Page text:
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Last Updated: Wednesday, 21 March 2007, 11:14 GMT
Inside a video game developer studio
The BBC News website meets the team from Climax who developed the game Ghost Rider for PlayStation 2 (PS2), PlayStation Portable (PSP) and Game Boy Advance.

Find out more about the key team members' roles in creating the game by clicking the links below.

James Sharman - Technical LeadGlenn Brace - Art DirectorSam Barlow - Lead DesignDave Owens - Lead CoderRob McLachlan - Lead level designMark Simmons - Game directorSaul Marchese - Lead Environment artistNick Hodgson - AnimatorMarcus Burden - UI artistPaul Christey - Lead SFX

TECHNICAL LEAD JAMES SHARMAN

As technical lead it is my job to understand the systems we are developing for and the technologies involved in assembling all aspects of the game.

I work with art, design and the rest of the programming team to set the limits they must work within to fit the capabilities of the console.

With the three main development disciplines often competing for resources on the console, it is my responsibility to ensure it all fits together and updates the screen at least 30 times a second.

All jobs have an upside and a downside; sometimes I feel like the bad guy who is telling art or design that they cannot have quite as many polygons, textures or enemies as they want, but at other points in a project I get to be the hero putting in the tech that gives a final bit of polish to everyone's work.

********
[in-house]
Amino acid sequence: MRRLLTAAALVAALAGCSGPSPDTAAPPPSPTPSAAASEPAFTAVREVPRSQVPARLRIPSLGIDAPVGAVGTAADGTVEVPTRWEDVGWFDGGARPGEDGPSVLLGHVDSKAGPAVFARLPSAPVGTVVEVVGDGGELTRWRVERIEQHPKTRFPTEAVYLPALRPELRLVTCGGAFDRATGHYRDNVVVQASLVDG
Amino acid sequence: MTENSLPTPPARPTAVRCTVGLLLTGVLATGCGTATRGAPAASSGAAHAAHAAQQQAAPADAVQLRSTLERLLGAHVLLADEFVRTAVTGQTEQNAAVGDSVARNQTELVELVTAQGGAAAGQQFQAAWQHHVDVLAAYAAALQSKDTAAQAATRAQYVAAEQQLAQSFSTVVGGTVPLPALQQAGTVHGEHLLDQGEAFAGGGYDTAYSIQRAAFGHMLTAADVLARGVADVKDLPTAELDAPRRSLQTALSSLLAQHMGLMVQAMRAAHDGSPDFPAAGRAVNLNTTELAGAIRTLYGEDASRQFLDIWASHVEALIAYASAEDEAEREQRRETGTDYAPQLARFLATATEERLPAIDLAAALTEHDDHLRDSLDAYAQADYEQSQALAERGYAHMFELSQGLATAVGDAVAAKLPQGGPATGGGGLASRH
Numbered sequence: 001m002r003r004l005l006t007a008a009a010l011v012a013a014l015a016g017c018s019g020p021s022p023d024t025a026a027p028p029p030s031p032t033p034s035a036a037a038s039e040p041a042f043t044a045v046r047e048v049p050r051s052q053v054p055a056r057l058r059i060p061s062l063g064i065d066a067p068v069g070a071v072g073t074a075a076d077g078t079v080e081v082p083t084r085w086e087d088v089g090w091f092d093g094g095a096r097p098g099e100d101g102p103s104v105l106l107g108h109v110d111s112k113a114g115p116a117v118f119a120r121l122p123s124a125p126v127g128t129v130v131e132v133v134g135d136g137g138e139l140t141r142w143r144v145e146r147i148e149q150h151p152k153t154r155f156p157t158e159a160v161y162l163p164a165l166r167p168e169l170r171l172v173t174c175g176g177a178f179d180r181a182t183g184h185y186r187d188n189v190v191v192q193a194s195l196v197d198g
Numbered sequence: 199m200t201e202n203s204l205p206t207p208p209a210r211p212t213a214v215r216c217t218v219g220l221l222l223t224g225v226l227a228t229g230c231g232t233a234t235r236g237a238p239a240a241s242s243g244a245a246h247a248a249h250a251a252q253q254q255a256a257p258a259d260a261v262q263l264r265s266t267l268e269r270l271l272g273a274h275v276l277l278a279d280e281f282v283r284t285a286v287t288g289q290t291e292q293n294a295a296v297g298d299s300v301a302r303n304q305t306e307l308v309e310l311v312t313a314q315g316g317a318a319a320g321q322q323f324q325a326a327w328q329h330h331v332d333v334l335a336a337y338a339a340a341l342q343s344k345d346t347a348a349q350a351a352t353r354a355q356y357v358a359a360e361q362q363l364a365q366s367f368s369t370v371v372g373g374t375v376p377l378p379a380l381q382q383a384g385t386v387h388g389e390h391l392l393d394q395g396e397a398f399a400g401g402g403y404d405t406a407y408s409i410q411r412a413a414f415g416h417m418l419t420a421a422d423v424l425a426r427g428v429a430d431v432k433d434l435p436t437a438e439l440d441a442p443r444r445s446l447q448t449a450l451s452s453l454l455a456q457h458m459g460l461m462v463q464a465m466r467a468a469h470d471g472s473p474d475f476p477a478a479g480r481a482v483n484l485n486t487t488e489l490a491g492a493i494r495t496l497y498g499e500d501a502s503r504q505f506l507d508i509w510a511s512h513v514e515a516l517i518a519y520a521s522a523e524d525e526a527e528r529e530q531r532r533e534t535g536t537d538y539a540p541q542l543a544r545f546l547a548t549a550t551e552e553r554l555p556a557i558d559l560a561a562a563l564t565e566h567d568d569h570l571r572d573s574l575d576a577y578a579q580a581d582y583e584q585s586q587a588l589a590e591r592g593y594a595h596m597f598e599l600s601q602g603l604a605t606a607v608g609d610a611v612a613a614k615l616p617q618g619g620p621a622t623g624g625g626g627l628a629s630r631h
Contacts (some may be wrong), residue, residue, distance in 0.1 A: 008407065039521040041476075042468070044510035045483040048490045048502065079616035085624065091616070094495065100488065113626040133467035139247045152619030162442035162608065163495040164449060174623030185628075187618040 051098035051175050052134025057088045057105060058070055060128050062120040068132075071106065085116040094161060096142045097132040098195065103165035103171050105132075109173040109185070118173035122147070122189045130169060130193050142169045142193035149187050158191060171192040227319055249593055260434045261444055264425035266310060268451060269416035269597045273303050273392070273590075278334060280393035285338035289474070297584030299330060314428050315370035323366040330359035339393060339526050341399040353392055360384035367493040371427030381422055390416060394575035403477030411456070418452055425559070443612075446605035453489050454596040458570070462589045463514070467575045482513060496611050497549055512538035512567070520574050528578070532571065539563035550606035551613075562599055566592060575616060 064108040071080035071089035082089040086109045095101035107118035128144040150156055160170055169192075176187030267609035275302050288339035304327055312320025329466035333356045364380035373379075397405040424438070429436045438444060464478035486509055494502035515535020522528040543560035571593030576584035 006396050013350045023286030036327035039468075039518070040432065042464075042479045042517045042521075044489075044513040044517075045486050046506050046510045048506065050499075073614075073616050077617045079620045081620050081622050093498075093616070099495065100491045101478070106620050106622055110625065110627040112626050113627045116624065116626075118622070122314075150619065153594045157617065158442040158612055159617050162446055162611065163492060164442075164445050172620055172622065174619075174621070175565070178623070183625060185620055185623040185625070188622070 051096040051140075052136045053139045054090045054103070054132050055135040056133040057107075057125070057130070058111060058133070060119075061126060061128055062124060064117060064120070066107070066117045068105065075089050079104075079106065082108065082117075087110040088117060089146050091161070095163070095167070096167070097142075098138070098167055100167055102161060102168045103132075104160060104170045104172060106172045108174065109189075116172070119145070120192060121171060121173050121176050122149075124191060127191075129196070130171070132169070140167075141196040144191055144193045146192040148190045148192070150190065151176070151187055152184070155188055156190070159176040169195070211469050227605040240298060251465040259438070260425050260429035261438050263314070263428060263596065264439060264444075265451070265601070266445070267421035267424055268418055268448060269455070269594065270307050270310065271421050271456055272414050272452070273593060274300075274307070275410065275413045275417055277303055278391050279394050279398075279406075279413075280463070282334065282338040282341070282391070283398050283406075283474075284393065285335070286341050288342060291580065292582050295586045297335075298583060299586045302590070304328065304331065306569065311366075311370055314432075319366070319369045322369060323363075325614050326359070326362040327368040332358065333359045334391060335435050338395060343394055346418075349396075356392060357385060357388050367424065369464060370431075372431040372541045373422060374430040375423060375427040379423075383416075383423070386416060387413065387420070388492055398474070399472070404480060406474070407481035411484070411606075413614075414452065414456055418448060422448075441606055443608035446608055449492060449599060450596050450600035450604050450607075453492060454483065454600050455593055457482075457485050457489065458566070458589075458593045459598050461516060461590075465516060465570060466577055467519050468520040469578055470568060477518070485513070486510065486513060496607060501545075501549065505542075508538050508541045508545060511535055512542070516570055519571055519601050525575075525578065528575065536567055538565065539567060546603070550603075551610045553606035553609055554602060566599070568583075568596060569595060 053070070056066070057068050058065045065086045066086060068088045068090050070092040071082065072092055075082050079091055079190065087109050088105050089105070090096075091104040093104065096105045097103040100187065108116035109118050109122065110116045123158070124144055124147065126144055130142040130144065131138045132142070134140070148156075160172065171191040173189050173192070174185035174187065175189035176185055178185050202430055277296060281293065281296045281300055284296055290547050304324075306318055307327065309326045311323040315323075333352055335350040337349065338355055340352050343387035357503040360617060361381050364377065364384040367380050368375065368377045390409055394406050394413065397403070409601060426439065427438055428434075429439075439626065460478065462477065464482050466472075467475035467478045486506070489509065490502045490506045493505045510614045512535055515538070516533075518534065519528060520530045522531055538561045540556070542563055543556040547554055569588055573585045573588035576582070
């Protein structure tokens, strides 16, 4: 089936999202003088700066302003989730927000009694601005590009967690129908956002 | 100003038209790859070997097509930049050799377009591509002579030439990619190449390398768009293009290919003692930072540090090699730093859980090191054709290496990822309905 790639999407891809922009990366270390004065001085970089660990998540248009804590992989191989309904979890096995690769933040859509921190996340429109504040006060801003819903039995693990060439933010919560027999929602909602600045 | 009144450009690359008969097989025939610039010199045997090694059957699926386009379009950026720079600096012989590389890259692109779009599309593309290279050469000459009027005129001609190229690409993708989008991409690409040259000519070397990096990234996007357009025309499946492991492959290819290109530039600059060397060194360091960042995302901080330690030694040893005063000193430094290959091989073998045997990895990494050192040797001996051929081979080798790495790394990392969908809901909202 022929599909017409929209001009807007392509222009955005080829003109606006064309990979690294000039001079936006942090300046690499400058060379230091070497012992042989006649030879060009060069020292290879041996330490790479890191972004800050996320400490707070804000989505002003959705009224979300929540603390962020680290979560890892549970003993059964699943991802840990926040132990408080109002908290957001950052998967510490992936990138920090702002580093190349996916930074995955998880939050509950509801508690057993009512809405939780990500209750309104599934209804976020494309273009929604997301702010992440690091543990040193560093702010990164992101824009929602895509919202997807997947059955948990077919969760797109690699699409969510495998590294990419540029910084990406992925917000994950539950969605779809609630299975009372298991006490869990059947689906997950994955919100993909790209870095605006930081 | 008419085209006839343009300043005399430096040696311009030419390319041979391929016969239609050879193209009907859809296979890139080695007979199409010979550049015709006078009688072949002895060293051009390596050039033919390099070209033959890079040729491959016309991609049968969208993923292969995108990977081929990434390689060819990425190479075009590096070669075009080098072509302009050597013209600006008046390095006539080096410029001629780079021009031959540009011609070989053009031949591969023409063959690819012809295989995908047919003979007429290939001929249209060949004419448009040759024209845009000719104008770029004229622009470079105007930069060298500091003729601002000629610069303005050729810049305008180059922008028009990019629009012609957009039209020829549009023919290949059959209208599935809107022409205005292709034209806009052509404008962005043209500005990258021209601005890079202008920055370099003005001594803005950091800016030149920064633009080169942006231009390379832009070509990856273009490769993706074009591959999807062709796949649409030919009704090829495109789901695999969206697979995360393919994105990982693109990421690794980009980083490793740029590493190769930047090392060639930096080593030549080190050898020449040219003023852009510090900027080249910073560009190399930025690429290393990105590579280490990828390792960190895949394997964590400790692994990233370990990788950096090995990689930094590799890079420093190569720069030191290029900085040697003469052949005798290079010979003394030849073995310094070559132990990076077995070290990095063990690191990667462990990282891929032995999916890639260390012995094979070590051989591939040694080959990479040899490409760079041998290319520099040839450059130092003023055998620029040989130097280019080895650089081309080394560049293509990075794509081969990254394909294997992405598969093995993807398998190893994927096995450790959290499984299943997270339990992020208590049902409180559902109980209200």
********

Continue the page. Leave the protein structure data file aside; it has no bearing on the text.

ART DIRECTOR GLENN BRACE

My main role on the game was to take responsibility for the pre-production and ensure the project got off to a good start, artistically as well as production-wise.

Ghost Rider screenshot
The game is based on a Marvel comic book series and film

This broke down into a number of areas, including establishing the vision with the publisher, 2K Games.

We met with 2K and Marvel very regularly in order to plan out the design and visual style. We also went on location on the movie set and worked with the film's art team and directors, which helped us sync up the art style and needs for the game and movie.

Being a title heavily based on a known Marvel license, a lot of concept work was required for approval purposes, which helped serve us in the form of a heavyweight pre-production phase allowing us to preconceive and plan the games content at an early stage.

Each character, for example, had to go through many iterations and approval before we even committed to the production of the game assets. Again this was a great opportunity for us to evolve the game world and art style.

Working alongside the design lead was a key and integral part of the early stages of production. As soon as the design was starting to take form, the methods and pipeline for producing the required art assets had to be agreed and proven.

So finalizing the pipeline and building up the full art production team was a challenge, but a large and enjoyable part of my role. Working alongside the lead artist we worked together to ensure the art quality and production milestones were being met.

LEAD DESIGNER SAM BARLOW

The lead designer is the equivalent of a movie director for games, but he is less glamorous and has no loudhailer or special chair with his name on it.

It is my job to lead the creative direction of the title, to define its vision and to manage the team of designers who are responsible for crafting the raw stuff of the game.

The storyline, the control scheme, the behaviours of the characters, the abilities and tools the player characters has - all of this is designed and documented by the design team.